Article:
World War II Advice: Defeat The Enemy By Being A Terrible Employee

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iStock

At the height of World War II, with the Allied powers battling the encroaching Axis powers on multiple fronts, any little bit of assistance helped. Though citizens in the United States, Britain, France, and other similarly minded nations could freely dedicate their efforts to defeating Germany, Italy, and Japan, residents of those rival countries sympathetic to the Allied cause had little recourse to openly offer any help. To tap into those suppressed networks of support, the Office of Strategies Services (precursor to the modern CIA) published a “Simple Sabotage Field Manual,” distributed by pamphlet and targeted international broadcast.

The instructions direct ordinary citizens to obstruct the functioning of their local governments and economies with a series of outwardly normal, but secretly disruptive actions. According to the manual’s introduction [PDF], “sabotage varies from highly technical coup de main acts that require detailed planning and the use of specially trained operatives, to innumerable simple acts which the ordinary individual citizen-saboteur can perform.” Luckily for that ordinary citizen, “simple sabotage does not require specially prepared tools or equipment […] and it is carried out in such a way as to involve a minimum danger of injury, detection, and reprisal.”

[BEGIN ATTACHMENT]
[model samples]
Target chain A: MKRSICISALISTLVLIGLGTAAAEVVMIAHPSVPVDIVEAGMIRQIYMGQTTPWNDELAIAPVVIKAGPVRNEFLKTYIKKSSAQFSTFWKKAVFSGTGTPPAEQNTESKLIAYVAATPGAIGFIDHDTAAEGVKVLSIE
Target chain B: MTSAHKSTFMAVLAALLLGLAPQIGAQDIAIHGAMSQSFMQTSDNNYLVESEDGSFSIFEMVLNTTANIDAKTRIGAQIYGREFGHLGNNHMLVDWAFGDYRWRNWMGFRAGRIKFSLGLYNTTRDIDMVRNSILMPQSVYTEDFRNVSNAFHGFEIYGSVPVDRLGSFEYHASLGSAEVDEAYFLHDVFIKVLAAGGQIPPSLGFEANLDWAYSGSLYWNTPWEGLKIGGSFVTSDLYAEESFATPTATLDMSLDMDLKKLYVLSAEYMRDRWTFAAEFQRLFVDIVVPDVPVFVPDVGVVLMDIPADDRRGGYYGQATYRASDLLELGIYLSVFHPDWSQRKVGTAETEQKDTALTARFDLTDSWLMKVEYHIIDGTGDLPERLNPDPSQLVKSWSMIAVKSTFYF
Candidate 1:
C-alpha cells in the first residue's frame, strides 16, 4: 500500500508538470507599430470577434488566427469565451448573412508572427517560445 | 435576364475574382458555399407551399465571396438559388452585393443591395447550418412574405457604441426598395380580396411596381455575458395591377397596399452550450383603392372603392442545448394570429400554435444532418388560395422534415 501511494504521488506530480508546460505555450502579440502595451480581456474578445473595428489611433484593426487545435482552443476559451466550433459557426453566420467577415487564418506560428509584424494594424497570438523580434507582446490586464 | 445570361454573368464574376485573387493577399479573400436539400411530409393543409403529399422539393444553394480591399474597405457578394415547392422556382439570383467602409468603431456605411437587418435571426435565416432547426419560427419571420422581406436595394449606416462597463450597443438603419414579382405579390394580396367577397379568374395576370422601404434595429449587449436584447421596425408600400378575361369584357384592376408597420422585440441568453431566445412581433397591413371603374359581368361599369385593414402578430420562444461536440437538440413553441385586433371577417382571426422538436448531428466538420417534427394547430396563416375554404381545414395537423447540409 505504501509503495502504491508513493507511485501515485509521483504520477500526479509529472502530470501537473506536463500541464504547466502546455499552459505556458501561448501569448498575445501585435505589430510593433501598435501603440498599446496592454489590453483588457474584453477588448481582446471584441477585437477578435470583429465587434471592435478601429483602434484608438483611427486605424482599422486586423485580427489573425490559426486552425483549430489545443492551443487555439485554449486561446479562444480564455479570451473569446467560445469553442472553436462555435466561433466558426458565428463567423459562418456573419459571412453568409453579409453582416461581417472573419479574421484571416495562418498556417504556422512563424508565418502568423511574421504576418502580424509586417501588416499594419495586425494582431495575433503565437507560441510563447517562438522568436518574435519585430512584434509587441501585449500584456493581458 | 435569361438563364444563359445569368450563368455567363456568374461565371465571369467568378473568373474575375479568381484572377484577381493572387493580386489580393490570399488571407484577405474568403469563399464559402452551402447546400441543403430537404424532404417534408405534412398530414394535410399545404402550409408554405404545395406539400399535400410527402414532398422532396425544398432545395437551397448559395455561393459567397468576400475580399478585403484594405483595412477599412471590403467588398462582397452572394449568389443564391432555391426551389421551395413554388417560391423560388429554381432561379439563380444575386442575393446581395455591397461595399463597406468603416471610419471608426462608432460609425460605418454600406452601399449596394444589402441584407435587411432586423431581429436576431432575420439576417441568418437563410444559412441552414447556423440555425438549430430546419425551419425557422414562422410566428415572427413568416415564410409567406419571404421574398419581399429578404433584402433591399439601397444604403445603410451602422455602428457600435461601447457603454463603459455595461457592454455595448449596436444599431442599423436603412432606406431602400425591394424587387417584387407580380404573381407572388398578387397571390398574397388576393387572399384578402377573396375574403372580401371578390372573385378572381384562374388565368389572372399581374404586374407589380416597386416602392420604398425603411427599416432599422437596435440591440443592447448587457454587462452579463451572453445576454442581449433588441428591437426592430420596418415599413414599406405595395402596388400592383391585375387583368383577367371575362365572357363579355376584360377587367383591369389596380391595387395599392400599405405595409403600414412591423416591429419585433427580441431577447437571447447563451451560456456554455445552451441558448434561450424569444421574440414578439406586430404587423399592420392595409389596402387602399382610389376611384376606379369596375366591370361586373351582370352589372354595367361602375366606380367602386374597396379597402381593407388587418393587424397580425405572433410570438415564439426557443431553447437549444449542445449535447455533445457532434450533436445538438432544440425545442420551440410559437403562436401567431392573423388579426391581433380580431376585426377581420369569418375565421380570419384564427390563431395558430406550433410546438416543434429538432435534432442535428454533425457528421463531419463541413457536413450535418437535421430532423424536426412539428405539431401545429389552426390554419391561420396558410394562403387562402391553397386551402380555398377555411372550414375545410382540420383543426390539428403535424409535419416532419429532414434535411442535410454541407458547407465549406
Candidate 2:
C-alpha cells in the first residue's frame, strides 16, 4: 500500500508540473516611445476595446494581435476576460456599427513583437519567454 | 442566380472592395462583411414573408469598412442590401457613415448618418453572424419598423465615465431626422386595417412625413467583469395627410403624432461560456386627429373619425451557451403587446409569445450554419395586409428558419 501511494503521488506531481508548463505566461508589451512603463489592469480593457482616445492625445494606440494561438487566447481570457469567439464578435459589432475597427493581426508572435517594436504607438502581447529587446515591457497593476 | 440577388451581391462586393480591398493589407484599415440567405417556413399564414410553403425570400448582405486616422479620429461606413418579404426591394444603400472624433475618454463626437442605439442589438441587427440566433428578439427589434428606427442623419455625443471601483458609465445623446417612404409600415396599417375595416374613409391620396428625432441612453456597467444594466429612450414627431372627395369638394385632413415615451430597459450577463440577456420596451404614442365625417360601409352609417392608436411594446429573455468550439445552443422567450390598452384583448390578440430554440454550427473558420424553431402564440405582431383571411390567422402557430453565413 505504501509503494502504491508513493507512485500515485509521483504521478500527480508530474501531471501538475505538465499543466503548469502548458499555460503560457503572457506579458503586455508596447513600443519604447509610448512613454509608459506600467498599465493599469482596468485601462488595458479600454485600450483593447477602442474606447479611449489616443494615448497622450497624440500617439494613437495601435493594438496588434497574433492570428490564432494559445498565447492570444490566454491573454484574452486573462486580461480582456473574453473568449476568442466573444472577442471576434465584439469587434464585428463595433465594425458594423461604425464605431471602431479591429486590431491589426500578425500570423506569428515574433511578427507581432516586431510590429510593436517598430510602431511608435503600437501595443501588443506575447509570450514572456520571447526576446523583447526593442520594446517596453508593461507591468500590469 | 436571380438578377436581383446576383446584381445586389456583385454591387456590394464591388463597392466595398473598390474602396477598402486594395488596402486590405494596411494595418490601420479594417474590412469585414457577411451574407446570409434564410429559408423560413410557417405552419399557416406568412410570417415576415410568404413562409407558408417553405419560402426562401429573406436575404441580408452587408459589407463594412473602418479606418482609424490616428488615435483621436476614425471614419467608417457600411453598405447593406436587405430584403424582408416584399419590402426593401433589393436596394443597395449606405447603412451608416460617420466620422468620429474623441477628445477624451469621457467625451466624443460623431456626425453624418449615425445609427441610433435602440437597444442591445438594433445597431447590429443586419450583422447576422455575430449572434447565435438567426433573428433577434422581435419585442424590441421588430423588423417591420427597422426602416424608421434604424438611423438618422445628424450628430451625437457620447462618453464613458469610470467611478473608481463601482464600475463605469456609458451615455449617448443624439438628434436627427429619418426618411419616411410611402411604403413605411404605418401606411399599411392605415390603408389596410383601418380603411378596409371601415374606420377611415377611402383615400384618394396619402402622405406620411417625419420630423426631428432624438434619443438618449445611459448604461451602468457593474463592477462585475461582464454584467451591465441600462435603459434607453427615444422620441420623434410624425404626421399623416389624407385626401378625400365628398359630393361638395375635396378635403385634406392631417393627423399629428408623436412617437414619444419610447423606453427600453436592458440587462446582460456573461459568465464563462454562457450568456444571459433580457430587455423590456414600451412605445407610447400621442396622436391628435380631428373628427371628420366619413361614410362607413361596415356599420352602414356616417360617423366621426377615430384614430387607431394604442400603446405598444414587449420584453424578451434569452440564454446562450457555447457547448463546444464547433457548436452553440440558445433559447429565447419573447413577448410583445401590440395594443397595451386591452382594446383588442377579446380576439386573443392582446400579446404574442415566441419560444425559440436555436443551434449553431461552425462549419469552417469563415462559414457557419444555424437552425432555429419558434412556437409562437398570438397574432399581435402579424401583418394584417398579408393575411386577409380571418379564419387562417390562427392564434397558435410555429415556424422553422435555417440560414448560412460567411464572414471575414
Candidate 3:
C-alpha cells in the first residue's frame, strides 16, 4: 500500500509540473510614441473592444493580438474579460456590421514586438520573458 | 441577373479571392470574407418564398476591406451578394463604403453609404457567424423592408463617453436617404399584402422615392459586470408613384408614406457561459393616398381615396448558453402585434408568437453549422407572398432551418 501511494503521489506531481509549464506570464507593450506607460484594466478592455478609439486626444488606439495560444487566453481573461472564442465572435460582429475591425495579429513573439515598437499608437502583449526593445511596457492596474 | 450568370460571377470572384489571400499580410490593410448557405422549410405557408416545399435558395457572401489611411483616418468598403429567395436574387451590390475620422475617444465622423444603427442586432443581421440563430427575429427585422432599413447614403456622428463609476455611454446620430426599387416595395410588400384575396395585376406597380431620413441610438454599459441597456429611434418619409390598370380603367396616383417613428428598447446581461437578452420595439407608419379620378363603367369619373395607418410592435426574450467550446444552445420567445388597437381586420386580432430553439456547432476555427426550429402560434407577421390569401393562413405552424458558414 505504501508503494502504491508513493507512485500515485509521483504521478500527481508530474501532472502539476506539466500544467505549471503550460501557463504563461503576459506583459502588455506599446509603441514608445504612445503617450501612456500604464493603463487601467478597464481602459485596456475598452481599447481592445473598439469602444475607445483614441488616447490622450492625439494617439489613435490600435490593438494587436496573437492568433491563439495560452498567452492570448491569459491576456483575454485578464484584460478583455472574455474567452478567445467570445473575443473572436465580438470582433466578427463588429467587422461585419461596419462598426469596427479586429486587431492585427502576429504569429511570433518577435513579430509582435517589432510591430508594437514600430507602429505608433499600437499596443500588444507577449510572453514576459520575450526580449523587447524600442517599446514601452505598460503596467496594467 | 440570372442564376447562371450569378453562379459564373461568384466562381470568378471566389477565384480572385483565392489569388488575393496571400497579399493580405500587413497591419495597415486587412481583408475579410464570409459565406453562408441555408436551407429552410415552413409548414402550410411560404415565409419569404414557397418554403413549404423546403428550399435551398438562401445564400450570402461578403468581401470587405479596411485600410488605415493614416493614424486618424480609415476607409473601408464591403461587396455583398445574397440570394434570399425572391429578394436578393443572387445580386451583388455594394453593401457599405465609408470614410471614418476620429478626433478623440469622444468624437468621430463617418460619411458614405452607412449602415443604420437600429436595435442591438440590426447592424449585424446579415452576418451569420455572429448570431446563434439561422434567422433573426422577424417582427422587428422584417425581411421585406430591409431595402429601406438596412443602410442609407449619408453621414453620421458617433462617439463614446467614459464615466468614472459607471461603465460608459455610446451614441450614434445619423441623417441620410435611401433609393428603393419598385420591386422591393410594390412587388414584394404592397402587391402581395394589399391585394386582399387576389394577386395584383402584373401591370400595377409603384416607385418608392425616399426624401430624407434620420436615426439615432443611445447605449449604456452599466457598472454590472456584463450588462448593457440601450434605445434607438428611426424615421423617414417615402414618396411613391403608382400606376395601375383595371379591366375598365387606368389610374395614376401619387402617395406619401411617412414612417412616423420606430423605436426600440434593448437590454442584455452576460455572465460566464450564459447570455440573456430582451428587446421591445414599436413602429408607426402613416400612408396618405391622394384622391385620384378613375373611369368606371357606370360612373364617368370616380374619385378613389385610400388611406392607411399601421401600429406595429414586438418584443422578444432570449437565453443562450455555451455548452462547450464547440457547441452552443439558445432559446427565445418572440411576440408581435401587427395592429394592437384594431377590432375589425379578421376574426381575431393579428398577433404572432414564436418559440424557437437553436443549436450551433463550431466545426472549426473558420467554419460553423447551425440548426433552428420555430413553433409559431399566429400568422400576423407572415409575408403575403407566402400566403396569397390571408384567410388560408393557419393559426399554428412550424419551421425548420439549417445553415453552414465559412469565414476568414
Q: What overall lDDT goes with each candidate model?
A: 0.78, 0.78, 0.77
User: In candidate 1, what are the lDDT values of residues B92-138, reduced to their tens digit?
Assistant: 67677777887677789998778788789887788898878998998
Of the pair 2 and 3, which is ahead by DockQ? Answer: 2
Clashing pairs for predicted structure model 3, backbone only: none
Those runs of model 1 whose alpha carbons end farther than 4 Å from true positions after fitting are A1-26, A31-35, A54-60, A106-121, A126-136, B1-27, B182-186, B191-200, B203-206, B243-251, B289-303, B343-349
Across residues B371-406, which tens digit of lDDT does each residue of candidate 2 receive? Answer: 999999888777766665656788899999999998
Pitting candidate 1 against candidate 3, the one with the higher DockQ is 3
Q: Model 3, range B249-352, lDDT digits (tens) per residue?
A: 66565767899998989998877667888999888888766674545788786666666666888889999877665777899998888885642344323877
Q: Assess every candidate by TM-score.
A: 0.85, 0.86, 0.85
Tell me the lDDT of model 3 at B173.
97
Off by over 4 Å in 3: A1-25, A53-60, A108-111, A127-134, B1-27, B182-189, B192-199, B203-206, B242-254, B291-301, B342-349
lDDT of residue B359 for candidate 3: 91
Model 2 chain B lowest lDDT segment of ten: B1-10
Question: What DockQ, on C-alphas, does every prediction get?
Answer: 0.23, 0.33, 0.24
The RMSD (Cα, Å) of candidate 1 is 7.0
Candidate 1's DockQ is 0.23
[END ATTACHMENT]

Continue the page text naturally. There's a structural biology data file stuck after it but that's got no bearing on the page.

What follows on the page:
The suggested acts range from openly seditious (start fires, slash military vehicle tires) to brilliantly subtle, the latter variety of which read hilariously like a guide for how to be terrible at your job:

For train conductors: “Make mistakes in issuing train tickets, leaving portions of the journey uncovered by the ticket book; issue two tickets for the same seat in the train, so that an interesting argument will result.” “Make life as uncomfortable as possible for passengers. See that the food is especially bad, take up tickets after midnight, call station stops very loudly during the night, handle baggage as loudly as possible.” “Switch address labels on enemy baggage.”